Updated at 2:06 p.m. ET, 7/19
(CNN) – "Overwhelming, crazy, stressful."
That's how Victoria Brink describes her life the last few months. She's the woman who had a Twitter conversation with Rep. Steve Cohen of Tennessee during this year's State of the Union speech.
The back-and-forth forced the congressman to admit this was no tawdry tete-a-tete with a much younger woman. Victoria Brink – an aspiring model - was in fact his daughter, he said.
The revelation forced their new relationship into the public. But in a single tweet during the State of the Union, the then 23-year-old's life turned inside out.
"What was out on the internet was that me and Steve Cohen could have been lovers or we had some kind of relationship," she told CNN in an interview that aired on "New Day."
Enter Houston oilman John Brink, who always assumed Victoria was his daughter. Victoria and the congressman had kept their secret from everyone for three years.
"It was very hard to keep a secret like that," Victoria Brink said.
Until the State of the Union Tweet-gate forced her to come clean.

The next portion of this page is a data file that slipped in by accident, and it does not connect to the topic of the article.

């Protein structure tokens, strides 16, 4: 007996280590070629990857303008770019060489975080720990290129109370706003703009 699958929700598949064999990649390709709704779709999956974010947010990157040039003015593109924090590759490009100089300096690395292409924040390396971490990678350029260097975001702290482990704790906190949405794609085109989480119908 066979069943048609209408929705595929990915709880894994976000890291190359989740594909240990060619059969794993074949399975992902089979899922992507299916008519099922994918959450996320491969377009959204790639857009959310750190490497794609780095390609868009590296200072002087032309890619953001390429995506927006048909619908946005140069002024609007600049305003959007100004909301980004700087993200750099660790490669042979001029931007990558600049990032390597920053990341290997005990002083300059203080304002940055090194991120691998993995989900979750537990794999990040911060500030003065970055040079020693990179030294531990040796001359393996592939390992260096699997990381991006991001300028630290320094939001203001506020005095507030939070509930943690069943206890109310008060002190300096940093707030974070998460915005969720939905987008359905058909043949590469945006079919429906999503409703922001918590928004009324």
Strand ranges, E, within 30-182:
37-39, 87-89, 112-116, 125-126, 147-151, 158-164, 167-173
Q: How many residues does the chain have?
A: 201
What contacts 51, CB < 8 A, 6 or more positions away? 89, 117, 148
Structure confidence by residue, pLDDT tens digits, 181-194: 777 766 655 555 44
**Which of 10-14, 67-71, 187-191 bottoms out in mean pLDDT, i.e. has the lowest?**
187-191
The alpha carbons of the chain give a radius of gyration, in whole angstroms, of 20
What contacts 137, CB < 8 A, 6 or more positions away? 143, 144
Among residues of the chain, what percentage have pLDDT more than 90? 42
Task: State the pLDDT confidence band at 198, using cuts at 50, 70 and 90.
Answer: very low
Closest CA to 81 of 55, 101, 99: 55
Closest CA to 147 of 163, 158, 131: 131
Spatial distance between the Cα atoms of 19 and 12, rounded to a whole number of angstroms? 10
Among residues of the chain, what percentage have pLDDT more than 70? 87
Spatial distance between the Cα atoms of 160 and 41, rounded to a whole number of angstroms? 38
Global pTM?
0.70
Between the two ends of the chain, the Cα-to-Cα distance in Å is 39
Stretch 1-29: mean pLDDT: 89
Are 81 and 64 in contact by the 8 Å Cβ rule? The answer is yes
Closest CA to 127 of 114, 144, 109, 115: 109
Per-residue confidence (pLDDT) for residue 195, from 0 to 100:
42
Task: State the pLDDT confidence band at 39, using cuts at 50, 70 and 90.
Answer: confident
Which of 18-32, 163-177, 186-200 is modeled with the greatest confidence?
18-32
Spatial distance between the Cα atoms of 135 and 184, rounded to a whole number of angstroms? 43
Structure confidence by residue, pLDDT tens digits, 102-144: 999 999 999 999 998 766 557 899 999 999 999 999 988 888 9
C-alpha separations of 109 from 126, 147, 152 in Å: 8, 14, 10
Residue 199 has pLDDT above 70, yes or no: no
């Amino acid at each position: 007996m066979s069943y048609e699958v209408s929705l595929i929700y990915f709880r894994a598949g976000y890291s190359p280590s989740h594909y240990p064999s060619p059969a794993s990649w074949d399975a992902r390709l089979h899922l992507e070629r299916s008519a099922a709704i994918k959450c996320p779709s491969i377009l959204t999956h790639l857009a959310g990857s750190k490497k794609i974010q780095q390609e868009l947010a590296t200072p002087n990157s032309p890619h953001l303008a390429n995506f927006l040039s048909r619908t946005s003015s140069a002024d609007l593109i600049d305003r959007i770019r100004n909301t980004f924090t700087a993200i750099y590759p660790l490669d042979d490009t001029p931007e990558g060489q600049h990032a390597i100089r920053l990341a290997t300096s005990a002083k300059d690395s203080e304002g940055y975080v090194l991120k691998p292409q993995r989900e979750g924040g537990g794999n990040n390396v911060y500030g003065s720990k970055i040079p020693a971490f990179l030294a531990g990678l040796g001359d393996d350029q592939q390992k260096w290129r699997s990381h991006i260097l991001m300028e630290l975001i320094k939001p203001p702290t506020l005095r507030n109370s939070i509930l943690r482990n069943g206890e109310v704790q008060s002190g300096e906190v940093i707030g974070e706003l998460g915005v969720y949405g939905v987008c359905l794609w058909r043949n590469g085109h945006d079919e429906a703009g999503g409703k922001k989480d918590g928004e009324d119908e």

"We met up and I told my dad. We cried and he said, 'No matter what I love you. You're my daughter.'"
But amazingly enough, Rep. Cohen never had proof that Brink was his daughter.
"I knew her mother a long time ago," Cohen said. "I Googled her one night, and saw that she had given birth to a beautiful young lady, and I kind of went back to nine months before, and that was a time when we were involved."
Victoria's mom took no part in this story, but says she has a good relationship with Victoria. But there was never any hard proof - like a DNA test – that Cohen was her father until now.
CNN was present when Victoria and the man who raised her, John Brink, took the DNA test, which they initiated and paid for on their own, on May 30th. Victoria later provided CNN with a copy of the results that showed Cohen was not her biological father.
The results showed that Cohen was not Victoria Brink's father - and that John Brink was.
In a statement the congressman said "I was stunned and dismayed" at the result.
"I still love Victoria, hold dear the time I have shared with her and hope to continue to be part of her life," he said.
Correction: In a previous version, CNN incorrectly reported the circumstances of the DNA testing. In fact, CNN was simply present when DNA was obtained from Victoria and John Brink, which they initiated and paid for on their own.